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Oracle's Suit Against Google Threatens Open Source Movement

Google's attorneys are busy this week as it also prepares to defend the company against a suit filed by Oracle that claims that Google's Android operating system for smartphones and other mobile devices is illegally using ideas and code from Java, which was developed by Sun Microsystems. Oracle bought Sun in January.

Steve Lohr reports that while "open source" software like Java once represented a "communal idealism" among the geek class, the suit is further evidence of its having become a weapon in corporate warfare among the huge technology companies. Google sees the suit as a move by Oracle to re-establish corporate control of Java; its general counsel claims Oracle is "trying to put the genie back in the bottle."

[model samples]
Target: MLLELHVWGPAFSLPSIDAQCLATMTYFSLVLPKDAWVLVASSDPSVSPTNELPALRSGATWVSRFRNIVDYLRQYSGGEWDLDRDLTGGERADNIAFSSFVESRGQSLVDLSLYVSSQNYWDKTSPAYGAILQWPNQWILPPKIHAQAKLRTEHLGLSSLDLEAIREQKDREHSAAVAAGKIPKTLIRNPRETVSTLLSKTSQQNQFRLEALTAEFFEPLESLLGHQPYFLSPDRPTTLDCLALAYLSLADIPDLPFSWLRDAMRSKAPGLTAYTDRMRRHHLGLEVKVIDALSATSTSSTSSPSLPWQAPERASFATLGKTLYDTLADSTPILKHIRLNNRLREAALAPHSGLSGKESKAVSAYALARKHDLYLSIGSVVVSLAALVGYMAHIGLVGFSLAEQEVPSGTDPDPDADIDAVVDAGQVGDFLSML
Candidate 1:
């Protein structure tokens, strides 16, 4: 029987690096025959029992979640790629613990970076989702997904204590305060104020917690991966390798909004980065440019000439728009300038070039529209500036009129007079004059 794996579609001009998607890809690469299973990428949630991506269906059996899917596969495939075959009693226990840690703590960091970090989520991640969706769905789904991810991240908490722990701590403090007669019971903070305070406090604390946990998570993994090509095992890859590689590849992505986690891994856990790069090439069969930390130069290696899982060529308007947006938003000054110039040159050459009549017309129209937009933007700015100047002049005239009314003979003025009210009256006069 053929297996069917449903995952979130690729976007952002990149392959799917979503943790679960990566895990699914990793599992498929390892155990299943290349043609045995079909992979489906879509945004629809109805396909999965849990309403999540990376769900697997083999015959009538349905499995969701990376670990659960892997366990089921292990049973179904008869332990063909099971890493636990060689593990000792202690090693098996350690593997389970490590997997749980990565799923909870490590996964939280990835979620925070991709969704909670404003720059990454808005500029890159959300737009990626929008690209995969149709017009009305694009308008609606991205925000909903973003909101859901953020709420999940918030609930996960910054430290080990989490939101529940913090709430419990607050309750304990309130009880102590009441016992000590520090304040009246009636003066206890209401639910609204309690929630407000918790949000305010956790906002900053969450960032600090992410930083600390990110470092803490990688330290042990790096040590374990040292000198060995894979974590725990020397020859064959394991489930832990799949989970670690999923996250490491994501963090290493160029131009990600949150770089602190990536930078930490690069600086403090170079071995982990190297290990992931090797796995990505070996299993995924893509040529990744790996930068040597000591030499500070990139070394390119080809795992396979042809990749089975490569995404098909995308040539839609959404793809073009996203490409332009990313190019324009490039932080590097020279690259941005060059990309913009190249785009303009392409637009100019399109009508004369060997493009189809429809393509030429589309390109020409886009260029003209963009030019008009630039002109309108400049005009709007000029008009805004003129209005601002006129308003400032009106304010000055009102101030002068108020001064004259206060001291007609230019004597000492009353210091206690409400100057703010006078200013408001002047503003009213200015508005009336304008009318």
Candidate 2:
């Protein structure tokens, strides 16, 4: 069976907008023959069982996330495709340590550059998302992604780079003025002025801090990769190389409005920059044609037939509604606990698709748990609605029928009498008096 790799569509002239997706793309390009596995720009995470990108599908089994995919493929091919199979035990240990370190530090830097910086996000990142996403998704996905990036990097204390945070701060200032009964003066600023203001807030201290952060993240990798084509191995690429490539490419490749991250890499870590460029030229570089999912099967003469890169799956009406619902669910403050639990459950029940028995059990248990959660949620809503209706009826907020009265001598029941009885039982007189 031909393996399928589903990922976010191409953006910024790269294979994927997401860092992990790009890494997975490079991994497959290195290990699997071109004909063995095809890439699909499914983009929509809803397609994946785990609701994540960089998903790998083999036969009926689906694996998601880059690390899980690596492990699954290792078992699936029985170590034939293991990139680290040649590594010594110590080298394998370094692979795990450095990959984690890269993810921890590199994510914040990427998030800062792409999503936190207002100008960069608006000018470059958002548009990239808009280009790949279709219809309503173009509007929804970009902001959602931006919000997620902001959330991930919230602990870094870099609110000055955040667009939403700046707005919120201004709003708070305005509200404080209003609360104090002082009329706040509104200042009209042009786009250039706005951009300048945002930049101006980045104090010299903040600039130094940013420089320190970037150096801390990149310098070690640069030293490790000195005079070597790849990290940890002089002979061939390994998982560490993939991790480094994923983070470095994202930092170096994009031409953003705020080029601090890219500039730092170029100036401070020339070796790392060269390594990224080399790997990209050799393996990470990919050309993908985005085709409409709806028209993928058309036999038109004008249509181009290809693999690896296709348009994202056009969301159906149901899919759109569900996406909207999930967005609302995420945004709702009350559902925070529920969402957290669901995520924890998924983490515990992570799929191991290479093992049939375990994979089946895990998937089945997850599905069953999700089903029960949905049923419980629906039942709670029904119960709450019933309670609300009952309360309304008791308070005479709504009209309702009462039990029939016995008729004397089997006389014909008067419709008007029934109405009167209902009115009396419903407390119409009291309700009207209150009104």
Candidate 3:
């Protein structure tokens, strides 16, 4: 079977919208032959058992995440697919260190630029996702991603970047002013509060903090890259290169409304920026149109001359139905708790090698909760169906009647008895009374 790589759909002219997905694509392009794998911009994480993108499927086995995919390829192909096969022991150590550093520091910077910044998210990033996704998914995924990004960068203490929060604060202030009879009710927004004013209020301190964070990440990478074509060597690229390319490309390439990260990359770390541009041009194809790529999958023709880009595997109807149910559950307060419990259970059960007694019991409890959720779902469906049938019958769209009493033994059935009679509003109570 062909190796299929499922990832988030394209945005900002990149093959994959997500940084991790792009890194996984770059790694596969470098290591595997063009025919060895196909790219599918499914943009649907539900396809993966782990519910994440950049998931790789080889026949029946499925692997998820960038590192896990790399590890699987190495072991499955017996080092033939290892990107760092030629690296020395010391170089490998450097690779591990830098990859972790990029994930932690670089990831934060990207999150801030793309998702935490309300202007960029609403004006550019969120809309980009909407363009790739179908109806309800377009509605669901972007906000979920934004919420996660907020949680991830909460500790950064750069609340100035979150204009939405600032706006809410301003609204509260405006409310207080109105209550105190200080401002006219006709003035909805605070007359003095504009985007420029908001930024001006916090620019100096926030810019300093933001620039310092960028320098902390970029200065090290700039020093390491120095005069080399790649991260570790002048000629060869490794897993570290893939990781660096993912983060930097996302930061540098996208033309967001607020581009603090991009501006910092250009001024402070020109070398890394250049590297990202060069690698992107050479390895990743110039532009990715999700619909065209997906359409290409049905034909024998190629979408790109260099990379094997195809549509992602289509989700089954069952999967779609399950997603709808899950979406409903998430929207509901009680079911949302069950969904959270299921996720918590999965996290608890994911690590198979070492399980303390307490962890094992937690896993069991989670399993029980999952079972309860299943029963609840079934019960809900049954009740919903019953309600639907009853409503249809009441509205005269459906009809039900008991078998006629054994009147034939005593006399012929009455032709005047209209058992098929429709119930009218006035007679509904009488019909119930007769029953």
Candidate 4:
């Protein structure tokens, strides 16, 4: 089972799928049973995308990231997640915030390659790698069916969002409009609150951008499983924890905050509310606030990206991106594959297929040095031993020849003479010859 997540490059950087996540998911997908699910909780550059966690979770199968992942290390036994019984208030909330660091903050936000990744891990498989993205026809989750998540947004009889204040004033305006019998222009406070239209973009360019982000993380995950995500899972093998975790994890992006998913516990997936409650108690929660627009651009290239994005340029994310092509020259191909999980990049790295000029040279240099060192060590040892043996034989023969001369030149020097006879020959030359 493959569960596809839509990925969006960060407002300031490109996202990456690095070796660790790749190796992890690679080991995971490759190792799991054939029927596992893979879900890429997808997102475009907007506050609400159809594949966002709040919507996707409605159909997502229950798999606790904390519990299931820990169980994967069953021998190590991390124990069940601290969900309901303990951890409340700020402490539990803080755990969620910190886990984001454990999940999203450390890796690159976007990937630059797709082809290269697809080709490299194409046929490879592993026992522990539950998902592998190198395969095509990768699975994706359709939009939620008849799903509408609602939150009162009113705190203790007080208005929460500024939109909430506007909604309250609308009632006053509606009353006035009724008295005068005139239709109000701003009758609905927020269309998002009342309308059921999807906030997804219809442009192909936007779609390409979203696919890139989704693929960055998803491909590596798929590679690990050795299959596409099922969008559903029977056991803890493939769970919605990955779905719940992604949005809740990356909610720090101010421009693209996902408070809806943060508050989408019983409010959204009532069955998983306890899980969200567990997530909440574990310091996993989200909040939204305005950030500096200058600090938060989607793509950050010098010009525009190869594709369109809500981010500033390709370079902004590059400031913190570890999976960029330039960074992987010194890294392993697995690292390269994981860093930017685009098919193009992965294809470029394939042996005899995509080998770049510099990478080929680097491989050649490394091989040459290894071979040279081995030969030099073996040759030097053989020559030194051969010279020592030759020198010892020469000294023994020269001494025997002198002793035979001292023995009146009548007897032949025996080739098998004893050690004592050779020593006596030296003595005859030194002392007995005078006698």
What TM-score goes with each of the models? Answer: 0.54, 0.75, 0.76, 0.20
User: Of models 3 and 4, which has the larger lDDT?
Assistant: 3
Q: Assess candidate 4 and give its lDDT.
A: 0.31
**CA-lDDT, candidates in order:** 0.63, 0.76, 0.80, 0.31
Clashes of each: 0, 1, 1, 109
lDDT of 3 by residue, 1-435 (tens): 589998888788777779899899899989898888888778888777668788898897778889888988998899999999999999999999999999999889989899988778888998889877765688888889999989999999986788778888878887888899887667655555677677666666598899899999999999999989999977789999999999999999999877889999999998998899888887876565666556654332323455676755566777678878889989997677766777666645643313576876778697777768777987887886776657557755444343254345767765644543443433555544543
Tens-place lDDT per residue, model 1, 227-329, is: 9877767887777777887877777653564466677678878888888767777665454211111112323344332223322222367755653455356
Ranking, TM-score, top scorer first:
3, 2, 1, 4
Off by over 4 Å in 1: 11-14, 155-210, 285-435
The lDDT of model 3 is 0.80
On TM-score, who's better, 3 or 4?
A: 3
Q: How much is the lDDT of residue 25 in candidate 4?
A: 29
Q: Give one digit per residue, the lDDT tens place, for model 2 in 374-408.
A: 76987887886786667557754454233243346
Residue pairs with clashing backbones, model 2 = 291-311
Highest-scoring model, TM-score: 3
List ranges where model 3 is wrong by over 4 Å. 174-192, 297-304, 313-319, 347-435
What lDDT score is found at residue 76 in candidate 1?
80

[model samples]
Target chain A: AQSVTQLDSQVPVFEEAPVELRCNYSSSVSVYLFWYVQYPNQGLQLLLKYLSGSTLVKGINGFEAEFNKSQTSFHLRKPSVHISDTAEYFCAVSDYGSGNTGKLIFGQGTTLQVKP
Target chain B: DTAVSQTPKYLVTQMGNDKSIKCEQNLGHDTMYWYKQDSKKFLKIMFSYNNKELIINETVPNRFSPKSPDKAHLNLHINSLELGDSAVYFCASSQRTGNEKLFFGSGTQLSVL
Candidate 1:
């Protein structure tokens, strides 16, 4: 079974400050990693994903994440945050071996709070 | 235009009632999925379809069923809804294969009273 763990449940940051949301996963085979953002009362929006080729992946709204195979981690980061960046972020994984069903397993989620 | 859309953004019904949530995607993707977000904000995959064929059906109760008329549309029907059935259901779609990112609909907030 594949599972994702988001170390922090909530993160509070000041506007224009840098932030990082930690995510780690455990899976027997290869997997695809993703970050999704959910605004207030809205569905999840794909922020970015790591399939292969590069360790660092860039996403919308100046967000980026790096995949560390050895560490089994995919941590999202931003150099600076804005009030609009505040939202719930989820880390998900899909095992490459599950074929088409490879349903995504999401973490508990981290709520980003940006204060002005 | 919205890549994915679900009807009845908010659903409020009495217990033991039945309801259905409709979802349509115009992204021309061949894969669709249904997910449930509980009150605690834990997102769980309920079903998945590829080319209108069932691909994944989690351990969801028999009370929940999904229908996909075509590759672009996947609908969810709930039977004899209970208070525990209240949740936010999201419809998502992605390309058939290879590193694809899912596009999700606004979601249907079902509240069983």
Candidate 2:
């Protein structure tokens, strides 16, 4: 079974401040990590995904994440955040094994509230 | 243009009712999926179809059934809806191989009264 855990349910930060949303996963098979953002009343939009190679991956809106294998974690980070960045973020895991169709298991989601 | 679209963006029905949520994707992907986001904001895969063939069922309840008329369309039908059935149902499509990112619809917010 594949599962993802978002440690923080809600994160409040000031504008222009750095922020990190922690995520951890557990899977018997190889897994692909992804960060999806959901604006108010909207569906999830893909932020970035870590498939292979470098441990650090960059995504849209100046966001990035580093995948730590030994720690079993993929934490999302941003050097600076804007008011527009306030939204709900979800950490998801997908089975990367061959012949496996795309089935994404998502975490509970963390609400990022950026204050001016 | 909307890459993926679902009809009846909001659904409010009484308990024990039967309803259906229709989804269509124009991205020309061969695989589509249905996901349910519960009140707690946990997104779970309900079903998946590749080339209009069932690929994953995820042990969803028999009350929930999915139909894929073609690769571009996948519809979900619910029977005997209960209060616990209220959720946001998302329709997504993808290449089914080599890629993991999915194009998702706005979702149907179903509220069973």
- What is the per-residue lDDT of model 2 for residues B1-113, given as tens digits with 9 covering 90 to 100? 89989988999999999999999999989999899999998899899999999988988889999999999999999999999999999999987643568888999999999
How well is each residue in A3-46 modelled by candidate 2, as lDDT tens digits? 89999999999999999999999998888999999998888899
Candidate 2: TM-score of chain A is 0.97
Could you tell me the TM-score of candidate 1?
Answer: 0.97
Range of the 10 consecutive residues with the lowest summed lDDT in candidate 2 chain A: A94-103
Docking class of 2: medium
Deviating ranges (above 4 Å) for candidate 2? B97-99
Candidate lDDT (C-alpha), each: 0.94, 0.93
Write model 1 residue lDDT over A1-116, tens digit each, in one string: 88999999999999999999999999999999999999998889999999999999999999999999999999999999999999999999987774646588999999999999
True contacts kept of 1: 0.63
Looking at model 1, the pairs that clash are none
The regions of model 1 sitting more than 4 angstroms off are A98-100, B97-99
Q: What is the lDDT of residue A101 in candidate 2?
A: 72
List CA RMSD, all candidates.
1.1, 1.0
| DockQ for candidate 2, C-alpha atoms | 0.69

"It's not so much good companies and bad companies in this kind of situation," says Douglas Lea, a computer scientist at the State University of New York at Oswego. "These companies compete viciously and have different interests. And in this case, you have two corporations that champion different forms of open source." For the good of open-source, he hopes peace is on the horizon because "it's really hard to predict the consequences of big companies being nasty to each other."



Read the whole story at New York Times »

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